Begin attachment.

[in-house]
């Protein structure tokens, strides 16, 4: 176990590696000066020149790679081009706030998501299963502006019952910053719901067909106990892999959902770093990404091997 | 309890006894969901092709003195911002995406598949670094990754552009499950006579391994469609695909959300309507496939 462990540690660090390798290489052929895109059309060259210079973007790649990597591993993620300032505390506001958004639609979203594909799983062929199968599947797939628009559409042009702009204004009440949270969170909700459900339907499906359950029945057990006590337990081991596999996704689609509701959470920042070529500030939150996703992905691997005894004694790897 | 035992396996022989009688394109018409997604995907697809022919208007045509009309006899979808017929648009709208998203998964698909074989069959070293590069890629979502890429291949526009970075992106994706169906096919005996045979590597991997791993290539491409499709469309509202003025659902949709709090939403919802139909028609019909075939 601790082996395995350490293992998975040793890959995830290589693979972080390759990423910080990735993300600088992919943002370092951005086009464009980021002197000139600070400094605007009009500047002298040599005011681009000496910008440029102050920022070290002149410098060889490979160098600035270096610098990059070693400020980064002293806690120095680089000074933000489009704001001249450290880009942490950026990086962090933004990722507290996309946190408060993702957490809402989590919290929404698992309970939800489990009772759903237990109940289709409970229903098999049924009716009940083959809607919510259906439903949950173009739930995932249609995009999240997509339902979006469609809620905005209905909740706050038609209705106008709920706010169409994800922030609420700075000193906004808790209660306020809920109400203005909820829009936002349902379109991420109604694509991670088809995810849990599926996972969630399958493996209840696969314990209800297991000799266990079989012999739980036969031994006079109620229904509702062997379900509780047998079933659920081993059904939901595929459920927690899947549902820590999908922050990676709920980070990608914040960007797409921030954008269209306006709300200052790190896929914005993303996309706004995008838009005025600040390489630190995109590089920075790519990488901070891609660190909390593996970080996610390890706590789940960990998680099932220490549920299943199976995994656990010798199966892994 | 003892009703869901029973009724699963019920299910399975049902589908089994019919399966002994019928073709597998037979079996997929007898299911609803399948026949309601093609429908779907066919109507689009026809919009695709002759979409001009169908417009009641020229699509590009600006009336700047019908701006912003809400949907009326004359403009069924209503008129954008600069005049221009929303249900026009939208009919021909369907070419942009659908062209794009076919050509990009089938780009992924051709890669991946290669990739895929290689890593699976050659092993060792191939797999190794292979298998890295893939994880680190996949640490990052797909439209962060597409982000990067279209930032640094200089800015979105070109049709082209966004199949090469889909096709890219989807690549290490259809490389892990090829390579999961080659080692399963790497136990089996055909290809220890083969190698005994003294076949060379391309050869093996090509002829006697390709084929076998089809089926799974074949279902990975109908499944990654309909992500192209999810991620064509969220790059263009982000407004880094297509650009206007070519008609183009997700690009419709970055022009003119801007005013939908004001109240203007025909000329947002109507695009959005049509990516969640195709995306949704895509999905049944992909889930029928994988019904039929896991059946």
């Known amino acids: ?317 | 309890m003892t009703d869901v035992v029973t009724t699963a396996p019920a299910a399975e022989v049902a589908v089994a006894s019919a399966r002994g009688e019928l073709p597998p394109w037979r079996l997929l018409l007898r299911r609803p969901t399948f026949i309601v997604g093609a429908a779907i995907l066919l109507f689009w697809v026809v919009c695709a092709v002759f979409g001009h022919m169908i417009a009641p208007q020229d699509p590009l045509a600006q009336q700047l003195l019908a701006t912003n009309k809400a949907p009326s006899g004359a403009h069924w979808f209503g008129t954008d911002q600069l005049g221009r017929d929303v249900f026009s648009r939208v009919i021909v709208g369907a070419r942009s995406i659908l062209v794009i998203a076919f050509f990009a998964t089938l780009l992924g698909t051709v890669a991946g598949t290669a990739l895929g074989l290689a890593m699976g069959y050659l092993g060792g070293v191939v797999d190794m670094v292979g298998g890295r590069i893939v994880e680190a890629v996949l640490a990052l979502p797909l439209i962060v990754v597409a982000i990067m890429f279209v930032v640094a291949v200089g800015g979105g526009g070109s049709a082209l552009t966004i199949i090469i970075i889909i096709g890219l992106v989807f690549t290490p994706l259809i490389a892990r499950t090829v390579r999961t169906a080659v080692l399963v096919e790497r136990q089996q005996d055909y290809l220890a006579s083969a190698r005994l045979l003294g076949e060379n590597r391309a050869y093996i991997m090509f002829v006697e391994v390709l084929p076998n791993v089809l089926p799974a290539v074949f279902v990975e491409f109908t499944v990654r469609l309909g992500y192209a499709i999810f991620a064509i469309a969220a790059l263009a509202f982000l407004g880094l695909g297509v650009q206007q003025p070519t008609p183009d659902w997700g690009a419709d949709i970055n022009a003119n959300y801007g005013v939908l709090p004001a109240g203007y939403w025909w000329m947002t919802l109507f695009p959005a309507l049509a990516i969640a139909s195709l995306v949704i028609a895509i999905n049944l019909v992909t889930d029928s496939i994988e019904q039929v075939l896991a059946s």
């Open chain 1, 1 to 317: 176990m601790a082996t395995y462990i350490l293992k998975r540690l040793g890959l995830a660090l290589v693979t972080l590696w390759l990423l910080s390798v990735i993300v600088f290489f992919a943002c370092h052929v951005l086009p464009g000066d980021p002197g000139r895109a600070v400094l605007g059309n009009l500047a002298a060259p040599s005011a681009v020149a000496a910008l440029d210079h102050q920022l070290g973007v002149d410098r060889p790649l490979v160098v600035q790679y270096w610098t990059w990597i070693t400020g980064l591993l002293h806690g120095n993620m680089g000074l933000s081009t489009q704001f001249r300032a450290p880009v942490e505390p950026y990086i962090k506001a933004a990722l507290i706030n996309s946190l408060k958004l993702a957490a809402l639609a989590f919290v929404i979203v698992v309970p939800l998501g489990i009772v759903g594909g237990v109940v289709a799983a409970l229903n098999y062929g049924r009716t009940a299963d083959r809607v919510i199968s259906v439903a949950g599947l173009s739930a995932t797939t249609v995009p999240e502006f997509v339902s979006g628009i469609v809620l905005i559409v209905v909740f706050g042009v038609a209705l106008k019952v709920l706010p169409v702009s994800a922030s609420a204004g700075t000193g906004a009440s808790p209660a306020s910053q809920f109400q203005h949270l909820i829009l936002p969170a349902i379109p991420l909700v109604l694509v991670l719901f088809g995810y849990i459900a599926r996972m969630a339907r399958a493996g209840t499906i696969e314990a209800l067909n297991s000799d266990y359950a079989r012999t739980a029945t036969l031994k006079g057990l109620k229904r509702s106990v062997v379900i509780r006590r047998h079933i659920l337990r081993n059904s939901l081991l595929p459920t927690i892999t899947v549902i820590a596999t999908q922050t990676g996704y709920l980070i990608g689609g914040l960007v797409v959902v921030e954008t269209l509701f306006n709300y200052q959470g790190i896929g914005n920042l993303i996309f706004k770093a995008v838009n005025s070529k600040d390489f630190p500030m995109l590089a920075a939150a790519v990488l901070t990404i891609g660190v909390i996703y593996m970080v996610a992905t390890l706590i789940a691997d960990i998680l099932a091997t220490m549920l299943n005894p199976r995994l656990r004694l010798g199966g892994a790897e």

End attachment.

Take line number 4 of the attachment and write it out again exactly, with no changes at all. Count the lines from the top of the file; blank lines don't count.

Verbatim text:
């Open chain 1, 1 to 317: 176990m601790a082996t395995y462990i350490l293992k998975r540690l040793g890959l995830a660090l290589v693979t972080l590696w390759l990423l910080s390798v990735i993300v600088f290489f992919a943002c370092h052929v951005l086009p464009g000066d980021p002197g000139r895109a600070v400094l605007g059309n009009l500047a002298a060259p040599s005011a681009v020149a000496a910008l440029d210079h102050q920022l070290g973007v002149d410098r060889p790649l490979v160098v600035q790679y270096w610098t990059w990597i070693t400020g980064l591993l002293h806690g120095n993620m680089g000074l933000s081009t489009q704001f001249r300032a450290p880009v942490e505390p950026y990086i962090k506001a933004a990722l507290i706030n996309s946190l408060k958004l993702a957490a809402l639609a989590f919290v929404i979203v698992v309970p939800l998501g489990i009772v759903g594909g237990v109940v289709a799983a409970l229903n098999y062929g049924r009716t009940a299963d083959r809607v919510i199968s259906v439903a949950g599947l173009s739930a995932t797939t249609v995009p999240e502006f997509v339902s979006g628009i469609v809620l905005i559409v209905v909740f706050g042009v038609a209705l106008k019952v709920l706010p169409v702009s994800a922030s609420a204004g700075t000193g906004a009440s808790p209660a306020s910053q809920f109400q203005h949270l909820i829009l936002p969170a349902i379109p991420l909700v109604l694509v991670l719901f088809g995810y849990i459900a599926r996972m969630a339907r399958a493996g209840t499906i696969e314990a209800l067909n297991s000799d266990y359950a079989r012999t739980a029945t036969l031994k006079g057990l109620k229904r509702s106990v062997v379900i509780r006590r047998h079933i659920l337990r081993n059904s939901l081991l595929p459920t927690i892999t899947v549902i820590a596999t999908q922050t990676g996704y709920l980070i990608g689609g914040l960007v797409v959902v921030e954008t269209l509701f306006n709300y200052q959470g790190i896929g914005n920042l993303i996309f706004k770093a995008v838009n005025s070529k600040d390489f630190p500030m995109l590089a920075a939150a790519v990488l901070t990404i891609g660190v909390i996703y593996m970080v996610a992905t390890l706590i789940a691997d960990i998680l099932a091997t220490m549920l299943n005894p199976r995994l656990r004694l010798g199966g892994a790897e």